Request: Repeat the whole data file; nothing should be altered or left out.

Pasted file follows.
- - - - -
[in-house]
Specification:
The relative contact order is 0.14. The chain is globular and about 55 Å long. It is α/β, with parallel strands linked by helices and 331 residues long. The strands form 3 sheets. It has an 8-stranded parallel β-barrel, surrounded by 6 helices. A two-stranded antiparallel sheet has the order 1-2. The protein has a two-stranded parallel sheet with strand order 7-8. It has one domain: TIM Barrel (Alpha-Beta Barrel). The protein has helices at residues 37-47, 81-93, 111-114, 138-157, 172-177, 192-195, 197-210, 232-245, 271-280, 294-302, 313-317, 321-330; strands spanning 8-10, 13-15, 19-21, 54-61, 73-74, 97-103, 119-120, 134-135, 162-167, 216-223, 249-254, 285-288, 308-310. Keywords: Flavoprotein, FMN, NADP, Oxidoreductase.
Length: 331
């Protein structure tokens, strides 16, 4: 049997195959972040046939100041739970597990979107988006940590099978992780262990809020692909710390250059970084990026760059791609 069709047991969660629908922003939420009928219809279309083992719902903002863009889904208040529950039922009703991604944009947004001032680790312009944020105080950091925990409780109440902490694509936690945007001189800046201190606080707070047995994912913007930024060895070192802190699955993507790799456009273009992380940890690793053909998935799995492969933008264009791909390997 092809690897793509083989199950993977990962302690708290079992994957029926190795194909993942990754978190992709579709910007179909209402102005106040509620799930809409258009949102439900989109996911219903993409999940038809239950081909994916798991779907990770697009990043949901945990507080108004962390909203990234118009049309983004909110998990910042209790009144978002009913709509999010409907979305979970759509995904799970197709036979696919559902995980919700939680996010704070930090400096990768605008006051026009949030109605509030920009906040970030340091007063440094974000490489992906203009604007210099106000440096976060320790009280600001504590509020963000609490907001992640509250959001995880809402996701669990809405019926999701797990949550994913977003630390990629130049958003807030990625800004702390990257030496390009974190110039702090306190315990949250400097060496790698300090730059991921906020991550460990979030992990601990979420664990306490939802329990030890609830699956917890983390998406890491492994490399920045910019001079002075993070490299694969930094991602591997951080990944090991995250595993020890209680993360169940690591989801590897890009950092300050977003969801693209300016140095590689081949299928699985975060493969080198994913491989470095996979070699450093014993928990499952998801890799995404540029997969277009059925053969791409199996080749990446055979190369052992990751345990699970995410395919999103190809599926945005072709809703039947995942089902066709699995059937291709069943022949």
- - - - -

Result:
[in-house]
Specification:
The relative contact order is 0.14. The chain is globular and about 55 Å long. It is α/β, with parallel strands linked by helices and 331 residues long. The strands form 3 sheets. It has an 8-stranded parallel β-barrel, surrounded by 6 helices. A two-stranded antiparallel sheet has the order 1-2. The protein has a two-stranded parallel sheet with strand order 7-8. It has one domain: TIM Barrel (Alpha-Beta Barrel). The protein has helices at residues 37-47, 81-93, 111-114, 138-157, 172-177, 192-195, 197-210, 232-245, 271-280, 294-302, 313-317, 321-330; strands spanning 8-10, 13-15, 19-21, 54-61, 73-74, 97-103, 119-120, 134-135, 162-167, 216-223, 249-254, 285-288, 308-310. Keywords: Flavoprotein, FMN, NADP, Oxidoreductase.
Length: 331
């Protein structure tokens, strides 16, 4: 049997195959972040046939100041739970597990979107988006940590099978992780262990809020692909710390250059970084990026760059791609 069709047991969660629908922003939420009928219809279309083992719902903002863009889904208040529950039922009703991604944009947004001032680790312009944020105080950091925990409780109440902490694509936690945007001189800046201190606080707070047995994912913007930024060895070192802190699955993507790799456009273009992380940890690793053909998935799995492969933008264009791909390997 092809690897793509083989199950993977990962302690708290079992994957029926190795194909993942990754978190992709579709910007179909209402102005106040509620799930809409258009949102439900989109996911219903993409999940038809239950081909994916798991779907990770697009990043949901945990507080108004962390909203990234118009049309983004909110998990910042209790009144978002009913709509999010409907979305979970759509995904799970197709036979696919559902995980919700939680996010704070930090400096990768605008006051026009949030109605509030920009906040970030340091007063440094974000490489992906203009604007210099106000440096976060320790009280600001504590509020963000609490907001992640509250959001995880809402996701669990809405019926999701797990949550994913977003630390990629130049958003807030990625800004702390990257030496390009974190110039702090306190315990949250400097060496790698300090730059991921906020991550460990979030992990601990979420664990306490939802329990030890609830699956917890983390998406890491492994490399920045910019001079002075993070490299694969930094991602591997951080990944090991995250595993020890209680993360169940690591989801590897890009950092300050977003969801693209300016140095590689081949299928699985975060493969080198994913491989470095996979070699450093014993928990499952998801890799995404540029997969277009059925053969791409199996080749990446055979190369052992990751345990699970995410395919999103190809599926945005072709809703039947995942089902066709699995059937291709069943022949």